9. My grandmother lived in a tiny town in the middle of Kansas and in the mid 90s, a couple that were both Indian doctors moved to town. They bought the house across from hers and they were the first people of any color to live in that town. Neither side was quite sure what to do at first, but they grew to be pillars of the community, loved by my grandmother and the mostly aging population of the town, and raised their son and put down roots. Their son, however, headed to the city first chance he got, just like most of the other 37 graduates of his class. I love this topic!

    1. Yes, it’s interesting.

      The new doctors come here…sometimes bringing family with them, who open up restaurants…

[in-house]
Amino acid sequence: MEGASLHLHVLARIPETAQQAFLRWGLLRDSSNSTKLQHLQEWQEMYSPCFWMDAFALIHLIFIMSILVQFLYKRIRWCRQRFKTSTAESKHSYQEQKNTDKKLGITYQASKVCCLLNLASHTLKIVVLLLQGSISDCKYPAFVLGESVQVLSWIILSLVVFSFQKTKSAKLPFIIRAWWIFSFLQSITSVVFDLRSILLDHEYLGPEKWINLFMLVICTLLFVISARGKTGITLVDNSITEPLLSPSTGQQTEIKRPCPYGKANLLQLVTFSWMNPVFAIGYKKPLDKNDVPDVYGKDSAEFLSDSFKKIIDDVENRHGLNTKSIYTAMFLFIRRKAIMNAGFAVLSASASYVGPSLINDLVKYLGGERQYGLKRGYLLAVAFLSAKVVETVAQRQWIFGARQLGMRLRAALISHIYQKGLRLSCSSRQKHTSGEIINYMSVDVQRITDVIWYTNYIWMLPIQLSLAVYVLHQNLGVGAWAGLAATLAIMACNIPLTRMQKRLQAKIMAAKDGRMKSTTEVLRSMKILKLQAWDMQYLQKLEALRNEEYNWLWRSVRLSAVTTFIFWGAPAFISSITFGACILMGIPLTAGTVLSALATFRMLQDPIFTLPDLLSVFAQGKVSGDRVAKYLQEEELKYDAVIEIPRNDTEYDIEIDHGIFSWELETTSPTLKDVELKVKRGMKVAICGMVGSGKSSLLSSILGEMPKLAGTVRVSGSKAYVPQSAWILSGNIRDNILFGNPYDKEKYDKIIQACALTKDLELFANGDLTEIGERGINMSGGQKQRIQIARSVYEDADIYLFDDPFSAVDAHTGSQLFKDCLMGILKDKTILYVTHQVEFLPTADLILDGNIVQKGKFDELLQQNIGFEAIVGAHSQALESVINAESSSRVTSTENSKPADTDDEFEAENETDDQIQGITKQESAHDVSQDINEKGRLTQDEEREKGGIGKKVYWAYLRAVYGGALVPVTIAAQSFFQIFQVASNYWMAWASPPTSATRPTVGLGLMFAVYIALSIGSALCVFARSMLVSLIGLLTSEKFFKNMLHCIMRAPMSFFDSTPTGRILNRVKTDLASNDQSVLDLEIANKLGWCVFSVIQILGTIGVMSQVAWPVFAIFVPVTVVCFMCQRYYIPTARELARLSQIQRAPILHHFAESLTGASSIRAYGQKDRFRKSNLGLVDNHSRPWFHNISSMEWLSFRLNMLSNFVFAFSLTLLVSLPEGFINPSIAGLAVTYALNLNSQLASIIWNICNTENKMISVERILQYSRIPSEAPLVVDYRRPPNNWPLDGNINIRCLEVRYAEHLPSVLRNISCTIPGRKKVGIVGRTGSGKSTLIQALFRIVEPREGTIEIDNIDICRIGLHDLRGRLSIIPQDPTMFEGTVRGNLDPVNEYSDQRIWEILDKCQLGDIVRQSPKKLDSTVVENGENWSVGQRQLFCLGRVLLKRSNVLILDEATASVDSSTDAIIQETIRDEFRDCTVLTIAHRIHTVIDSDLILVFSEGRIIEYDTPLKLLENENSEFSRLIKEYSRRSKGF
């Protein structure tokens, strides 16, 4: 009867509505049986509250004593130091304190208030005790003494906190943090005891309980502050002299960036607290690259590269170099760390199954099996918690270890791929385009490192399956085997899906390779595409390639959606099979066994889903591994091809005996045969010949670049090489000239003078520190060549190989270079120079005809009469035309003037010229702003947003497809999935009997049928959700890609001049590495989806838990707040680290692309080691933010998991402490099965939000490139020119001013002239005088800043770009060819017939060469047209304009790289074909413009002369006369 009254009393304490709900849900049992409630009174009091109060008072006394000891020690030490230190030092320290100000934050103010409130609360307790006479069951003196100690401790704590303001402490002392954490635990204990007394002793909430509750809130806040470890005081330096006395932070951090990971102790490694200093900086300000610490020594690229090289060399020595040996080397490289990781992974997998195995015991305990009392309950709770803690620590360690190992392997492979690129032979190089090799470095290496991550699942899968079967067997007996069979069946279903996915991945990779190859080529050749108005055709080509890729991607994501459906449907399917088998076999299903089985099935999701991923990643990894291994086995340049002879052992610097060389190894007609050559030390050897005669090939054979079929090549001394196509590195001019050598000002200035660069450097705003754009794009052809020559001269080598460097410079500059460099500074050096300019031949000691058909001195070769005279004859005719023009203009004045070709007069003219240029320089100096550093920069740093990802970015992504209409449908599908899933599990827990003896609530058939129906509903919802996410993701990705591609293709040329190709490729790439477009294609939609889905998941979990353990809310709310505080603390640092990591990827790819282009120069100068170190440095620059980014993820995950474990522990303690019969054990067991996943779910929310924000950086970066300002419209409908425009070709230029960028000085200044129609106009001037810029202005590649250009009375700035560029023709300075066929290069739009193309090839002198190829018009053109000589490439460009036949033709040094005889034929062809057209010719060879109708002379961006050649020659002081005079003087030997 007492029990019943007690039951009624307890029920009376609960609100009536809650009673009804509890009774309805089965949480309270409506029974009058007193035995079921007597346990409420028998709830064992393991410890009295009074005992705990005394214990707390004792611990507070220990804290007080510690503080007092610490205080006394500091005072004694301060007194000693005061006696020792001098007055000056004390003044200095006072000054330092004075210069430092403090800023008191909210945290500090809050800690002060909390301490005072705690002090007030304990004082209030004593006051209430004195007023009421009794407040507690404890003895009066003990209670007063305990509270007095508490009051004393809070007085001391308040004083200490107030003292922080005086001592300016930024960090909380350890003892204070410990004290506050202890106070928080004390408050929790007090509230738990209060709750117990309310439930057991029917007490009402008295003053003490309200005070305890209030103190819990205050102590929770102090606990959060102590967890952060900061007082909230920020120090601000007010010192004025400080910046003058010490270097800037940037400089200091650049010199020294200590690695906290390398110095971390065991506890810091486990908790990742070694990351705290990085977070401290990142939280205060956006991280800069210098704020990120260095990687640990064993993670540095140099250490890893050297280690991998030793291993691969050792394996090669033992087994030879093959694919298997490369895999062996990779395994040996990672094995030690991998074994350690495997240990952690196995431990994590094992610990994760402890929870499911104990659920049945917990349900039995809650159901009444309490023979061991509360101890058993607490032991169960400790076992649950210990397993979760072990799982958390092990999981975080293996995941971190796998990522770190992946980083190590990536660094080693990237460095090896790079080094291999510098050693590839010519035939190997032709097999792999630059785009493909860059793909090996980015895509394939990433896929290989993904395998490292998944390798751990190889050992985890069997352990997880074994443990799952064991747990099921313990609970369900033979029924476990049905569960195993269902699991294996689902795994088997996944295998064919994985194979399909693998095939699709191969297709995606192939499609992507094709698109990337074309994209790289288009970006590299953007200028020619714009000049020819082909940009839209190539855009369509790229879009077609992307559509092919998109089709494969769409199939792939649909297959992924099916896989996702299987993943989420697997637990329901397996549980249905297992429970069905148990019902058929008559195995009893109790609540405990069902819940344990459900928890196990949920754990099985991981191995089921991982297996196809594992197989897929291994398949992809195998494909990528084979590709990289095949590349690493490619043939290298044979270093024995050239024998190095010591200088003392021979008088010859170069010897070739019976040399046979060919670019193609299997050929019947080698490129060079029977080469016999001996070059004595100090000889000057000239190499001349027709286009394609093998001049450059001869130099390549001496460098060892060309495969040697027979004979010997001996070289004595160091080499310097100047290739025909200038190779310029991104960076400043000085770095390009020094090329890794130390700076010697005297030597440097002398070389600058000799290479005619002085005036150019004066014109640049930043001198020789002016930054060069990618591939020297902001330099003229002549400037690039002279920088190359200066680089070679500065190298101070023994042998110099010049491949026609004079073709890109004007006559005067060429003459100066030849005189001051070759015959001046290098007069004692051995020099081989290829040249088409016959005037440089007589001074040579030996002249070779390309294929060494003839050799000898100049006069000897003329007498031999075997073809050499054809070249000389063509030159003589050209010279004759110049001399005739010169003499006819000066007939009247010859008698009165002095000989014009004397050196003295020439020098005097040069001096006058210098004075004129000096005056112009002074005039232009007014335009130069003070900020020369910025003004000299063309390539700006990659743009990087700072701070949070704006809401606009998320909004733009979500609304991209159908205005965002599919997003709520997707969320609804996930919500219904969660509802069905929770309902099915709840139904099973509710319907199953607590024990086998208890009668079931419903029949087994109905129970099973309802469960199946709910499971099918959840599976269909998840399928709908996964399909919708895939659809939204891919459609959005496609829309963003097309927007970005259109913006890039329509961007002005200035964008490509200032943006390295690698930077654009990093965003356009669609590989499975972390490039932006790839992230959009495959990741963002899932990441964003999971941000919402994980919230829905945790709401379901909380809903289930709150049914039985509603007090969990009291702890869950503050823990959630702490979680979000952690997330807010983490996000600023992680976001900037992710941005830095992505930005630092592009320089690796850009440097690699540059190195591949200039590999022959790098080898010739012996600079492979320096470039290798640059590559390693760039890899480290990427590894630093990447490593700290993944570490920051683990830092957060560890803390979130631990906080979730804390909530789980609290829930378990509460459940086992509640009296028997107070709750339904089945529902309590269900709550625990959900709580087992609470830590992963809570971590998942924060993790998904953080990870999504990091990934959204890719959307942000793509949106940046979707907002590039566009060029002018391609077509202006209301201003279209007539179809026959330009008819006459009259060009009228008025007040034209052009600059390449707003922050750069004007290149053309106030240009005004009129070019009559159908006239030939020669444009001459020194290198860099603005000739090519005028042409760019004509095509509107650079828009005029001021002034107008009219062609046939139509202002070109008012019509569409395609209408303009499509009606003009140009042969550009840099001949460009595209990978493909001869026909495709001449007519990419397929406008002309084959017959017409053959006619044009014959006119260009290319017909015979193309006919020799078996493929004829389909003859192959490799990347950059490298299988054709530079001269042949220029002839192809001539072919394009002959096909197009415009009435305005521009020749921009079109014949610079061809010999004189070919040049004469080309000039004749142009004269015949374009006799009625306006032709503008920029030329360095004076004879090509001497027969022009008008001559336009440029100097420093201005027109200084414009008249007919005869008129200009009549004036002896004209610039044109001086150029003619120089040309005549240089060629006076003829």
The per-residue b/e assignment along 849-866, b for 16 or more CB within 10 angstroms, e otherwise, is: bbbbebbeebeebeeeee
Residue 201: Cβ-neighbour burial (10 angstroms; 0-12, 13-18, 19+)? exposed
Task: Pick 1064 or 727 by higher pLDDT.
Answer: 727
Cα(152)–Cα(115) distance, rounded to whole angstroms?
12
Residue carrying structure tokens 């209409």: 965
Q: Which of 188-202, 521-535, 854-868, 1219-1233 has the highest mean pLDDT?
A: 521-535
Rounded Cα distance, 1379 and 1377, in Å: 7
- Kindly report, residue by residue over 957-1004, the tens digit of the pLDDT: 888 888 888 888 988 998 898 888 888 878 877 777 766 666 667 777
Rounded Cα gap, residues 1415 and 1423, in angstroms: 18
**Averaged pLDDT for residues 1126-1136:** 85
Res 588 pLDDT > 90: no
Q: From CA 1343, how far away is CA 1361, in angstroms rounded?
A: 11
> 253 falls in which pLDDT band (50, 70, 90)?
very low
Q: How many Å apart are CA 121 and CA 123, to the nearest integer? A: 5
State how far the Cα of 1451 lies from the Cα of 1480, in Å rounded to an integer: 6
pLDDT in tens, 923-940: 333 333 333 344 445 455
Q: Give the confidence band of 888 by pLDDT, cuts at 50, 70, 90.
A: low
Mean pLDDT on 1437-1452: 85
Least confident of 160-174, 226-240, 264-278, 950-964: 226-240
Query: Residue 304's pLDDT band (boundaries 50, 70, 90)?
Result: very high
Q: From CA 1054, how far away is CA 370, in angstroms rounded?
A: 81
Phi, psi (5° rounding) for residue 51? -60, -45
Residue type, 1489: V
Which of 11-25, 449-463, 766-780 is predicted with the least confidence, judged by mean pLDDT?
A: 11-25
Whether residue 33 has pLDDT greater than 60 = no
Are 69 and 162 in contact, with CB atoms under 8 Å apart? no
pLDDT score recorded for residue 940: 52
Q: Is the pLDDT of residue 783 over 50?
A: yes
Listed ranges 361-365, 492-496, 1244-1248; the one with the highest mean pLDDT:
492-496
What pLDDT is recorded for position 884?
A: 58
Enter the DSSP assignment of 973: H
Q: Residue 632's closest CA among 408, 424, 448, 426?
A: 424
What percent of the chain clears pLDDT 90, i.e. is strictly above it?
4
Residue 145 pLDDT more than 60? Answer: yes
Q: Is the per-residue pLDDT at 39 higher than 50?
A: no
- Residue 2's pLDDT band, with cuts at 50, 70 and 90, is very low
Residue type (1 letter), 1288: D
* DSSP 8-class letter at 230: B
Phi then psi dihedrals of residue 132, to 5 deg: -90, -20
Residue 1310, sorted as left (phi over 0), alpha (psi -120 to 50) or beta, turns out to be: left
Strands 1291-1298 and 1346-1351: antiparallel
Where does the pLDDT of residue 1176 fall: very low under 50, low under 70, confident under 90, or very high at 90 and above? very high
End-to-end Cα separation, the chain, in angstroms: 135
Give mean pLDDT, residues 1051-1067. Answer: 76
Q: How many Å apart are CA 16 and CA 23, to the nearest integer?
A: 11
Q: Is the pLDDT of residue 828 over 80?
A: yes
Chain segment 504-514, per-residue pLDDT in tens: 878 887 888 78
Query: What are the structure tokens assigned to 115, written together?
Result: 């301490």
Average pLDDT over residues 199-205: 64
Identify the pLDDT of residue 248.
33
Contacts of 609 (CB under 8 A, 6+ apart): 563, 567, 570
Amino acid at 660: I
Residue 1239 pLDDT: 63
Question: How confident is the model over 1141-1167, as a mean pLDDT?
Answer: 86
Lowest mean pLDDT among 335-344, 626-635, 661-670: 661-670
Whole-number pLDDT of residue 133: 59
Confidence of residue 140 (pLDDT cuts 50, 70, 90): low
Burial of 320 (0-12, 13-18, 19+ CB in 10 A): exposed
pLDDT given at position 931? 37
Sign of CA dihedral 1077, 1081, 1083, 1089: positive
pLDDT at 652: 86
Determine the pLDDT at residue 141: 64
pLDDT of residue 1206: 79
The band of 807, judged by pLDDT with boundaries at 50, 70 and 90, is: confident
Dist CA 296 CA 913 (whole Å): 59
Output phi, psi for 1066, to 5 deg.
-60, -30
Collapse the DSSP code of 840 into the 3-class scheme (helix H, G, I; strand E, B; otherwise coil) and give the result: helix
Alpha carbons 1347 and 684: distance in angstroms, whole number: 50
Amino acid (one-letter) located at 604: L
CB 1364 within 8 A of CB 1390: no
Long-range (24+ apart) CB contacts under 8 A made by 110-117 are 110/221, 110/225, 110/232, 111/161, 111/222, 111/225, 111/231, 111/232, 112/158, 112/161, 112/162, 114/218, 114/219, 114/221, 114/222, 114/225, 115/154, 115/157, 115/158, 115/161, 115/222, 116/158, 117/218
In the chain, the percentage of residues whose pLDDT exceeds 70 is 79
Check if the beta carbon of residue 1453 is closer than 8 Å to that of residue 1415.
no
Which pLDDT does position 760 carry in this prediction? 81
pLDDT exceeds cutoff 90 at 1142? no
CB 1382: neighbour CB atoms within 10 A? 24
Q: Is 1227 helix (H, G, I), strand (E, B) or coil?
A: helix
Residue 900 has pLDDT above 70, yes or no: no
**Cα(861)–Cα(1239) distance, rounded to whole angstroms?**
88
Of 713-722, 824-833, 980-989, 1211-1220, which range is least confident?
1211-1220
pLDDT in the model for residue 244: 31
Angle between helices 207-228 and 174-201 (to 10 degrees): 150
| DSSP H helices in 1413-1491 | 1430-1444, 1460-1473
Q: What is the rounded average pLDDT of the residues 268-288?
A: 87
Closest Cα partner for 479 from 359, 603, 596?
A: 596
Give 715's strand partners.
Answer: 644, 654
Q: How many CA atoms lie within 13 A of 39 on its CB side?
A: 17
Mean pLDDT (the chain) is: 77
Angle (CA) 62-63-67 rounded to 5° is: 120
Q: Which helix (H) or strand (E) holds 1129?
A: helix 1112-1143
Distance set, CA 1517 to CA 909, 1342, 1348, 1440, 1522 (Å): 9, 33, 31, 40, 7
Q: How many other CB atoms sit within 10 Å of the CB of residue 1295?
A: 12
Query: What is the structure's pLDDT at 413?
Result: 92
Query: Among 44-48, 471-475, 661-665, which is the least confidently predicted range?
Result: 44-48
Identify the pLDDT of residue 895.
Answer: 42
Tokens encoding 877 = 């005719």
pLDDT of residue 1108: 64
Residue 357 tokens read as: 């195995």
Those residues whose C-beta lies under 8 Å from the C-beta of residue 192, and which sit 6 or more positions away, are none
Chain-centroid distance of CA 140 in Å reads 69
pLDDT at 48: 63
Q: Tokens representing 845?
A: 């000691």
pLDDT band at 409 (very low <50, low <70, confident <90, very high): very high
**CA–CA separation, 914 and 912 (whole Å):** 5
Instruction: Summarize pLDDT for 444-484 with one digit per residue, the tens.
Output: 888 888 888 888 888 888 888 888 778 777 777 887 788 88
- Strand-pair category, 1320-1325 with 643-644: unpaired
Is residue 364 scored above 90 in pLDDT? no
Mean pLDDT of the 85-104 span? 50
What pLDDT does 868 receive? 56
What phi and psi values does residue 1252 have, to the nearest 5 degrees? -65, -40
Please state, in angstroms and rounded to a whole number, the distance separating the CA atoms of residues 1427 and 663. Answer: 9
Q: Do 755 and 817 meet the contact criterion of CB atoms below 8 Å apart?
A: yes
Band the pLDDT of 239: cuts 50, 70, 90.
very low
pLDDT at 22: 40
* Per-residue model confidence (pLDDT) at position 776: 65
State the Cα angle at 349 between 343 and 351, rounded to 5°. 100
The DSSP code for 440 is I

Knowledge *really is* power. 🙂

  10. Aziz ansaris family had to practice in Carolina. He tells the story on an episode of Master of none.
    It’s always weird to me to meet an Eastern immigrant working in rural or highly suburban places.

  11. Our whole health care system is so broken. It’s sad that this is the state of things, but the truth is, this is the state of things. And thank goodness someone/thing is there to take up the slack, yeah?

    Other social support is lacking in a lot of areas, as well. I know many cases where the church provided support (food, temporary shelter, transportation, etc) to people where there wasn’t another option. It’s hard for me to find fault there.

    Perspective: I grew up Southern Baptist, left the church altogether in early adulthood. I hover in the agnostic camp but celebrate pagan holidays because they make sense to me, and because I missed holidays in my completely non-religious years. With that background, It always amuses me when I find myself defending the church – so thanks for that. <3

    1. A lot of people have lost their ability to see things as a whole…duality…whatever it is that life consists of. Shadow and light.